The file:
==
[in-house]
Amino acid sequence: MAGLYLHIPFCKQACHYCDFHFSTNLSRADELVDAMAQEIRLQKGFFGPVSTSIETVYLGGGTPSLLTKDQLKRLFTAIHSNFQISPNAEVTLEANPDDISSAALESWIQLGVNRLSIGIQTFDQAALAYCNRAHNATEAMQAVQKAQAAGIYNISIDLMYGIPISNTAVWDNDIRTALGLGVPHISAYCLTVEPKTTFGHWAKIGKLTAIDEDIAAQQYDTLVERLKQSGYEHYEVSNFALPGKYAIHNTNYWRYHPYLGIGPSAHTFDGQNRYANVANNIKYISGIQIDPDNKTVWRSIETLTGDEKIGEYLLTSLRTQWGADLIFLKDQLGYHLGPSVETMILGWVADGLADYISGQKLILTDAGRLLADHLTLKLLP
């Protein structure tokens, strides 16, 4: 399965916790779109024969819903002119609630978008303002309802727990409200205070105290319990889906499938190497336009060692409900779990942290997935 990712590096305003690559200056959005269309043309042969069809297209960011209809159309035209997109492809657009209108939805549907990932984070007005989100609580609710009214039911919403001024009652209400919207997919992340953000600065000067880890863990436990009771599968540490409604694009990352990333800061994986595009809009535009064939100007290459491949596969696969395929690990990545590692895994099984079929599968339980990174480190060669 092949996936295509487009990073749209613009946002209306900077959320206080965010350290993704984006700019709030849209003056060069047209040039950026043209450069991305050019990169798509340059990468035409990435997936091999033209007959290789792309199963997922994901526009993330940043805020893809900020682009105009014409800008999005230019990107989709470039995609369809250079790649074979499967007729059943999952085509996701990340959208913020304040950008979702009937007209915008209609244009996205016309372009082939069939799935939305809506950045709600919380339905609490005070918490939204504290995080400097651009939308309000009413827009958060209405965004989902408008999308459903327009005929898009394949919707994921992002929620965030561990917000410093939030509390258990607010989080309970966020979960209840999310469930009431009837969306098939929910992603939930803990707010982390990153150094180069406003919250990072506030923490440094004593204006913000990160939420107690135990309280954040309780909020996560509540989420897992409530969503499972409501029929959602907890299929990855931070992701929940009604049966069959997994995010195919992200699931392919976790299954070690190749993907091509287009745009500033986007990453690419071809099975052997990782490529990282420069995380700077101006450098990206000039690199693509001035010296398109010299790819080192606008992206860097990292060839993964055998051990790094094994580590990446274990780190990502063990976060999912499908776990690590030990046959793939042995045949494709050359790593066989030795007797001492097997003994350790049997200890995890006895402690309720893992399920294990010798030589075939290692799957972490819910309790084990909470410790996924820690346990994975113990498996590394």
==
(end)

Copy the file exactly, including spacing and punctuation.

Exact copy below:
[in-house]
Amino acid sequence: MAGLYLHIPFCKQACHYCDFHFSTNLSRADELVDAMAQEIRLQKGFFGPVSTSIETVYLGGGTPSLLTKDQLKRLFTAIHSNFQISPNAEVTLEANPDDISSAALESWIQLGVNRLSIGIQTFDQAALAYCNRAHNATEAMQAVQKAQAAGIYNISIDLMYGIPISNTAVWDNDIRTALGLGVPHISAYCLTVEPKTTFGHWAKIGKLTAIDEDIAAQQYDTLVERLKQSGYEHYEVSNFALPGKYAIHNTNYWRYHPYLGIGPSAHTFDGQNRYANVANNIKYISGIQIDPDNKTVWRSIETLTGDEKIGEYLLTSLRTQWGADLIFLKDQLGYHLGPSVETMILGWVADGLADYISGQKLILTDAGRLLADHLTLKLLP
């Protein structure tokens, strides 16, 4: 399965916790779109024969819903002119609630978008303002309802727990409200205070105290319990889906499938190497336009060692409900779990942290997935 990712590096305003690559200056959005269309043309042969069809297209960011209809159309035209997109492809657009209108939805549907990932984070007005989100609580609710009214039911919403001024009652209400919207997919992340953000600065000067880890863990436990009771599968540490409604694009990352990333800061994986595009809009535009064939100007290459491949596969696969395929690990990545590692895994099984079929599968339980990174480190060669 092949996936295509487009990073749209613009946002209306900077959320206080965010350290993704984006700019709030849209003056060069047209040039950026043209450069991305050019990169798509340059990468035409990435997936091999033209007959290789792309199963997922994901526009993330940043805020893809900020682009105009014409800008999005230019990107989709470039995609369809250079790649074979499967007729059943999952085509996701990340959208913020304040950008979702009937007209915008209609244009996205016309372009082939069939799935939305809506950045709600919380339905609490005070918490939204504290995080400097651009939308309000009413827009958060209405965004989902408008999308459903327009005929898009394949919707994921992002929620965030561990917000410093939030509390258990607010989080309970966020979960209840999310469930009431009837969306098939929910992603939930803990707010982390990153150094180069406003919250990072506030923490440094004593204006913000990160939420107690135990309280954040309780909020996560509540989420897992409530969503499972409501029929959602907890299929990855931070992701929940009604049966069959997994995010195919992200699931392919976790299954070690190749993907091509287009745009500033986007990453690419071809099975052997990782490529990282420069995380700077101006450098990206000039690199693509001035010296398109010299790819080192606008992206860097990292060839993964055998051990790094094994580590990446274990780190990502063990976060999912499908776990690590030990046959793939042995045949494709050359790593066989030795007797001492097997003994350790049997200890995890006895402690309720893992399920294990010798030589075939290692799957972490819910309790084990909470410790996924820690346990994975113990498996590394």